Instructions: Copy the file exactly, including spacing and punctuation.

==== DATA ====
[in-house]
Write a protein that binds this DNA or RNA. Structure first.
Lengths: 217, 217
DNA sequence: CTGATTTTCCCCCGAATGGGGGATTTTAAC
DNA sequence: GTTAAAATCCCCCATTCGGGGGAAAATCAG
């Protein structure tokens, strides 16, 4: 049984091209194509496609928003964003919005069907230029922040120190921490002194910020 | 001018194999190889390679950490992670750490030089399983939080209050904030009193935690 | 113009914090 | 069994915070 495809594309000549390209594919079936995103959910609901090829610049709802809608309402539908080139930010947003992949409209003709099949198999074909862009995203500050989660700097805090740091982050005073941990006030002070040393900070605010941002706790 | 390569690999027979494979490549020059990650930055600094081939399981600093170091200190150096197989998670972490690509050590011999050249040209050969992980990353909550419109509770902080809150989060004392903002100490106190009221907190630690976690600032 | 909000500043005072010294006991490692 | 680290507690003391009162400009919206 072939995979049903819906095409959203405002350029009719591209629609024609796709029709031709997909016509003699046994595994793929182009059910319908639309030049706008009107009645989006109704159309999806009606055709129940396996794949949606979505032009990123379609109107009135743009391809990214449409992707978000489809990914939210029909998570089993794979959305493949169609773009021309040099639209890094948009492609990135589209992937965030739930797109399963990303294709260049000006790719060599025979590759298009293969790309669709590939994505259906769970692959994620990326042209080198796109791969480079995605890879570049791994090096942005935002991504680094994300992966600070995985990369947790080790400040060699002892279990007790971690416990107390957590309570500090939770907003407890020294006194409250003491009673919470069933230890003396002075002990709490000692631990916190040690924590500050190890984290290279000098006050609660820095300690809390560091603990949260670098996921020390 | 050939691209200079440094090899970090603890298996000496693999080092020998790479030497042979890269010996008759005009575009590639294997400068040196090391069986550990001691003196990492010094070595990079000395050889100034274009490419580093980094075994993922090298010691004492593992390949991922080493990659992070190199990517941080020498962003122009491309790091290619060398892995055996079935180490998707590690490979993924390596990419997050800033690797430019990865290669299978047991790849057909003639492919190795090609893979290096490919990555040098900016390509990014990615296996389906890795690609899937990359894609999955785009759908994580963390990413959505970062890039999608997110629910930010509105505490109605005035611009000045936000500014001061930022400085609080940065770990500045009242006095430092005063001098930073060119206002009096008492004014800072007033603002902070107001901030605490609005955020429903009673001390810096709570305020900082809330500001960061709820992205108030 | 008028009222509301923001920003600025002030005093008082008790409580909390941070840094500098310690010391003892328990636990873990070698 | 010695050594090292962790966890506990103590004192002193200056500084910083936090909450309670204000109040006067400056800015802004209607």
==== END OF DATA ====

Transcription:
[in-house]
Write a protein that binds this DNA or RNA. Structure first.
Lengths: 217, 217
DNA sequence: CTGATTTTCCCCCGAATGGGGGATTTTAAC
DNA sequence: GTTAAAATCCCCCATTCGGGGGAAAATCAG
């Protein structure tokens, strides 16, 4: 049984091209194509496609928003964003919005069907230029922040120190921490002194910020 | 001018194999190889390679950490992670750490030089399983939080209050904030009193935690 | 113009914090 | 069994915070 495809594309000549390209594919079936995103959910609901090829610049709802809608309402539908080139930010947003992949409209003709099949198999074909862009995203500050989660700097805090740091982050005073941990006030002070040393900070605010941002706790 | 390569690999027979494979490549020059990650930055600094081939399981600093170091200190150096197989998670972490690509050590011999050249040209050969992980990353909550419109509770902080809150989060004392903002100490106190009221907190630690976690600032 | 909000500043005072010294006991490692 | 680290507690003391009162400009919206 072939995979049903819906095409959203405002350029009719591209629609024609796709029709031709997909016509003699046994595994793929182009059910319908639309030049706008009107009645989006109704159309999806009606055709129940396996794949949606979505032009990123379609109107009135743009391809990214449409992707978000489809990914939210029909998570089993794979959305493949169609773009021309040099639209890094948009492609990135589209992937965030739930797109399963990303294709260049000006790719060599025979590759298009293969790309669709590939994505259906769970692959994620990326042209080198796109791969480079995605890879570049791994090096942005935002991504680094994300992966600070995985990369947790080790400040060699002892279990007790971690416990107390957590309570500090939770907003407890020294006194409250003491009673919470069933230890003396002075002990709490000692631990916190040690924590500050190890984290290279000098006050609660820095300690809390560091603990949260670098996921020390 | 050939691209200079440094090899970090603890298996000496693999080092020998790479030497042979890269010996008759005009575009590639294997400068040196090391069986550990001691003196990492010094070595990079000395050889100034274009490419580093980094075994993922090298010691004492593992390949991922080493990659992070190199990517941080020498962003122009491309790091290619060398892995055996079935180490998707590690490979993924390596990419997050800033690797430019990865290669299978047991790849057909003639492919190795090609893979290096490919990555040098900016390509990014990615296996389906890795690609899937990359894609999955785009759908994580963390990413959505970062890039999608997110629910930010509105505490109605005035611009000045936000500014001061930022400085609080940065770990500045009242006095430092005063001098930073060119206002009096008492004014800072007033603002902070107001901030605490609005955020429903009673001390810096709570305020900082809330500001960061709820992205108030 | 008028009222509301923001920003600025002030005093008082008790409580909390941070840094500098310690010391003892328990636990873990070698 | 010695050594090292962790966890506990103590004192002193200056500084910083936090909450309670204000109040006067400056800015802004209607």